Knowing the total concentrations of metals in the biosolids is just the first step,” Dr. Smith notes.  The challenge is to release and recover the metals in the correct form to interest the market. “It’s not as easy as multiplying the concentration of the metals by their market value.”

Scientists at the Swiss Federal Institute of Technology Zurich, for example, are working on a thermal-chemical process to decontaminate sludge, remove harmful heavy metals, and retain the phosphorus as fertilizer.

Meanwhile, JBR Recovery Ltd., in West Bromwich, U.K., has developed a commercially-viable method to recover silver and other precious metals from industrial sludge. Simon Meddings, JBR’s managing director, explains the process. First, a rotary kiln uses combustible silver-bearing waste to dry out most of the moisture. A high-carbon ash is produced—increasing the volume of metals to 10% to 15% from around 0.2%—and placed into a lead-based blast furnace. The lead collects the precious metals, and slag is dispersed through a tap hole at the front of the furnace. The alloy of lead and precious metals then goes into a cupellation furnace, which oxidizes the lead, allowing it to be poured off the top. The remaining bath of molten metal—around 98% pure silver with gold and other platinum group metals present—is cast into bars. These go into moebius cells where an electrical current refines the silver to 99.9%, and collects and refines the gold and platinum separately.

Sludge suppliers are paid according to how much precious metal is extracted and sold, less treatment and refining charges. The photographic industry and chemical production plants are major customers (photographs and x-rays in particular having high metals content).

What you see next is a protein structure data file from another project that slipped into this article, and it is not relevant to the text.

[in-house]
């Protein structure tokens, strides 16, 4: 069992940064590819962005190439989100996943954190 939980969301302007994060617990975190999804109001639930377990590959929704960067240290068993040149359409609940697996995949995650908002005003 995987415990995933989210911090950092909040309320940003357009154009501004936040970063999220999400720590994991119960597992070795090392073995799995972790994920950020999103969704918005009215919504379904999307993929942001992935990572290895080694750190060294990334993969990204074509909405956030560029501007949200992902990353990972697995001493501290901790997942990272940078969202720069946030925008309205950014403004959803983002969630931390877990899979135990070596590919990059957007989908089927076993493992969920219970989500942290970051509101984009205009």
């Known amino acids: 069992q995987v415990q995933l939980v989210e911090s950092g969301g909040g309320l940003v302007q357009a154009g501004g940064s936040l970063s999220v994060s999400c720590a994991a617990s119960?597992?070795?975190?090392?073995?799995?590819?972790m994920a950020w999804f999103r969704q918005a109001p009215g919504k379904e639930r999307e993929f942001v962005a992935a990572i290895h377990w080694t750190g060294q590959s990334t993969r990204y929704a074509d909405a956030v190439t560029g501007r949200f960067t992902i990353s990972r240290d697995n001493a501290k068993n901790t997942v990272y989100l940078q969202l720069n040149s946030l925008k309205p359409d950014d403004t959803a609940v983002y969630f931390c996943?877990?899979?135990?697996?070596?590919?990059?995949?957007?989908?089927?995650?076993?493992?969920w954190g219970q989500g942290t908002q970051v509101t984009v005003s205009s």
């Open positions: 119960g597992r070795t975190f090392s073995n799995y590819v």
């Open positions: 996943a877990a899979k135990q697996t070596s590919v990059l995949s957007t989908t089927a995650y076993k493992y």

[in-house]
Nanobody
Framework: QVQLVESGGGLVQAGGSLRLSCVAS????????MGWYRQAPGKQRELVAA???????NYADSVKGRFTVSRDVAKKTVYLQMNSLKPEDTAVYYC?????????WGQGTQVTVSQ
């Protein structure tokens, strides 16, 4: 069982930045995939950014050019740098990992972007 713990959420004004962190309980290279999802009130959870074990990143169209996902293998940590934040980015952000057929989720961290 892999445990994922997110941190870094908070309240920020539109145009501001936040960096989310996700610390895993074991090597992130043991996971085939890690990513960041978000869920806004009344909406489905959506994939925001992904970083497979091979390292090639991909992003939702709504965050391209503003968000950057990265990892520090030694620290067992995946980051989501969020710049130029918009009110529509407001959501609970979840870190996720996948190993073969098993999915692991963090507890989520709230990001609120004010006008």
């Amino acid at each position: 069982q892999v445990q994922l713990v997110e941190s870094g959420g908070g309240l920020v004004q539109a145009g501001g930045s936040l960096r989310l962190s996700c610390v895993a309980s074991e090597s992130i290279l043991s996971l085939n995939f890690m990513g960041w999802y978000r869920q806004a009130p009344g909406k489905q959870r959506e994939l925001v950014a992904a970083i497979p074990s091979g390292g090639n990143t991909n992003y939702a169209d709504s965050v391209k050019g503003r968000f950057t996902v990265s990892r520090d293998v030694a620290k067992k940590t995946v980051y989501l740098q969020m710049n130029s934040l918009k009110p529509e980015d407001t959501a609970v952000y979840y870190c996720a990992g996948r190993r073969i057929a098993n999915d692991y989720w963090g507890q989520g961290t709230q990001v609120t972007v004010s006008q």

Nonetheless, many large companies overlook their waste streams, and simply contract waste management companies to dispose of their sludge.

You’d be surprised how much ends up in landfill,” Mr. Meddings says. “People are not aware of the value in it.” They might take more interest “if they know they can get a financial rebate.”


Catherine Bolgar is a former managing editor of The Wall Street Journal Europe. For more from Catherine Bolgar, contributors from the Economist Intelligence Unit along with industry experts, join the Future Realities discussion.

Photos courtesy of iStock

Megacities minus mega-traffic

By Catherine

Written by Catherine Bolgar


Two-thirds of the world’s population will live in cities by 2050, according to the United Nations Population Fund. The number of megacities—i.e., those with more than 10 million inhabitants—is expected to rise to 41 by 2030, from 28 today, with most of the increase occurring in emerging economies.

Urbanization is particularly strong in China, where some 16 million rural Chinese migrate to cities every year. In addition, China also suffers from chronic air pollution, made worse by rising middle-class car ownership. With 154 million cars on the road in 2014, particulate-matter counts—a measure of air quality—regularly surpasses 500 micrograms per cubic meter, about 20 times the World Health Organization pollution guidelines.

China’s government is trying to improve the urban environment. Its six-year New Urbanization Plan includes plans for hundreds of new “eco-cities,” though existing eco-cities, such as Shenyang, Caofeidian, Nanning, Dongtan, Qingdao and Sino-Singapore Tianjin, have had mixed results.

“They’re making courageous attempts and are learning from success and failure,” says Victor Vergara, lead urban specialist at the World Bank. “If you have a situation where you have a greenfield and you have a lot of capital, you’re able to do things that otherwise couldn’t be done.”